Dorothea Lasky with Andy Fitch

Dorothea Lasky
Dorothea Lasky

Over the summer, Andy Fitch interviewed 60 poets about their latest books. Ugly Duckling Presse will publish these collected interviews in 2013. This interview focuses on Lasky’s Book Thunderbird (Wave). Recorded June 22nd. Transcribed by Maia Spotts.

Andy Fitch: Your title could seem goofy, but doesn’t. That poise amid potential vulnerability makes it smart and charming. And you’ve never been shy about your admiration for Plath. So can we start with this title, Thunderbird? Do you enjoy picturing thunderbirds? I personally do.

Dorothea Lasky: A confluence of ideas made me decide on that title. First, I tend to write from the ground up. I finish individual poems without necessarily possessing some book-length idea. Then as I collected these poems, I noticed themes of airplanes, flight, large mechanical birds and different demonic forces—also death and the transference between life and death. My mom’s a professor of Native American art, so I grew up around Native American imagery. The thunderbird of course connects to a Plath poem. But once I decided to call this book Thunderbird, many thunderbirds started popping up. A murder story happened at the Thunderbird Motel. My parents drove Thunderbird cars. There’s the liquor. And some readers make comparisons to the search engine, though that seems less of an inspiration.

AF: With the continued reference to Plath across several books, did you feel pressure to expand or intensify or further elucidate her role in your poetics? Do you ever imagine a nasty review in which someone says, “She did that Plath thing again”? Do you see this ongoing immersion in Plath-infused ambiance as itself an interesting phenomenon readers could consider and appreciate? Or, overall, are you content just to live out the Plath years and let them lead where they may?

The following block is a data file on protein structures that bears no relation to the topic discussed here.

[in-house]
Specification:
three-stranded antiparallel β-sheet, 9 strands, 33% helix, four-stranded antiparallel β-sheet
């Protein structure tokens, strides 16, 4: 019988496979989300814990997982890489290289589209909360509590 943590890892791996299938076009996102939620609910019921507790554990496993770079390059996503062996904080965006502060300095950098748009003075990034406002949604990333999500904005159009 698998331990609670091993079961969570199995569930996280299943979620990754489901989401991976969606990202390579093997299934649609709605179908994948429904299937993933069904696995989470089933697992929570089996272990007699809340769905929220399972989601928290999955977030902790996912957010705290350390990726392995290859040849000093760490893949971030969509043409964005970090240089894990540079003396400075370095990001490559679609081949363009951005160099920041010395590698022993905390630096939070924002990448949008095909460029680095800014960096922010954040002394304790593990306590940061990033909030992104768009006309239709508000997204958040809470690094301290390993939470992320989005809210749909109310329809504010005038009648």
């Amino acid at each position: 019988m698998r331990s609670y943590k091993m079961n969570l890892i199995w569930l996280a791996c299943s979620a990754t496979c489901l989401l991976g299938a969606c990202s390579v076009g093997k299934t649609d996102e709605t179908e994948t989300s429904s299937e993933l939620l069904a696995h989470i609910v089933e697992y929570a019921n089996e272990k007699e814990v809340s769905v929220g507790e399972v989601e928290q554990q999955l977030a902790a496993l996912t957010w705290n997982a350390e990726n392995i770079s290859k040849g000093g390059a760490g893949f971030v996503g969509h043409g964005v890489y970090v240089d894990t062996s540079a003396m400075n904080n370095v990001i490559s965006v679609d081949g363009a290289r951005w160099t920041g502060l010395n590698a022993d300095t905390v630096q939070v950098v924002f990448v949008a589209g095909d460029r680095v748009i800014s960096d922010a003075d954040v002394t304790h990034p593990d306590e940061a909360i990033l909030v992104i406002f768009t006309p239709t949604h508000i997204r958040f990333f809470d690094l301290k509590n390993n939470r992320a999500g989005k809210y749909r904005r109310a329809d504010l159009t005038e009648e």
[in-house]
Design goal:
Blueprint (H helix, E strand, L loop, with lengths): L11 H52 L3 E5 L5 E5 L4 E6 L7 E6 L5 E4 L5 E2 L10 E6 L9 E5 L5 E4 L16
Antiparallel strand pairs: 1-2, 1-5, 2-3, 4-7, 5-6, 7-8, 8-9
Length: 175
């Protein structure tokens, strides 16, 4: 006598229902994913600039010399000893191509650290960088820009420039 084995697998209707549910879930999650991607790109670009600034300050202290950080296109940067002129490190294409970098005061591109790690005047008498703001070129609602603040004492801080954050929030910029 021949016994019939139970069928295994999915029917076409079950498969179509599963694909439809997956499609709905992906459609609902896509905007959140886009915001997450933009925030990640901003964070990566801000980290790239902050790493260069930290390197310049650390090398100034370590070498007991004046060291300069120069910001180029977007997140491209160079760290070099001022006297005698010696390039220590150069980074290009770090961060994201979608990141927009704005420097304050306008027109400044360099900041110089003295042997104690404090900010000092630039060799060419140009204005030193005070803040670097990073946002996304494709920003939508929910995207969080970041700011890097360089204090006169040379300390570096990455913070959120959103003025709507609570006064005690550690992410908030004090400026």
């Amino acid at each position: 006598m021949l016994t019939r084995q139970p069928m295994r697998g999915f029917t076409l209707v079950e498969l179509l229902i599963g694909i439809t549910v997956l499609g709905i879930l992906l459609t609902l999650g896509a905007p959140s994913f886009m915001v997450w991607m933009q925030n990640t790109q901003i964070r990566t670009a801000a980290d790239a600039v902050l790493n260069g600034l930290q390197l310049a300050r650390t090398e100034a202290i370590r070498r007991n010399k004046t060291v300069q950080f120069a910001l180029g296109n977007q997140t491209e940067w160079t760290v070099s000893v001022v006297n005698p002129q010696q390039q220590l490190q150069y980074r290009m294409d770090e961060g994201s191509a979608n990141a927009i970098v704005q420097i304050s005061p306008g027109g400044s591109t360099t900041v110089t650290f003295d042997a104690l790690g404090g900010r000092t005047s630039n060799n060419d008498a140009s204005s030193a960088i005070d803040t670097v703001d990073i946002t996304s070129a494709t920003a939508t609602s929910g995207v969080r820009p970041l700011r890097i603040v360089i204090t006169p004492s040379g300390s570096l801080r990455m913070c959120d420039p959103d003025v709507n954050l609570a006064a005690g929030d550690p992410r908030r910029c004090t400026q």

DL: I hope if somebody said, “She did that Plath thing again,” I could take it as a compliment. And that otherwise I could just roll my eyes, as I do with many things people say. I started writing poems at around age seven. I stopped for one year, from 14 to 15. At 15 I took a poetry class and read Plath. I began writing again, so I think of Plath as coming at this pivotal time. And my deep love for her continues. I don’t know if the Plath years could last forever, but I’m happy to ride that wave of influence however long and far it takes me. Of course, as I grew older, I started to notice snide jabs and various derogatory ideas circulating about Plath’s work. So a kind of anger started brewing. At some point I decided to spend part of my life trying to get people to see how great Plath is and move beyond the misperception of her as a whiny female. That misogynistic idea needed to get unveiled and cracked open. Scholars needed to take her work seriously. Because those critics with the negative opinion often hadn’t read her poems. They’d read “Daddy” in an anthology, which I don’t consider among her best. To really appreciate Plath, you should read the whole collection.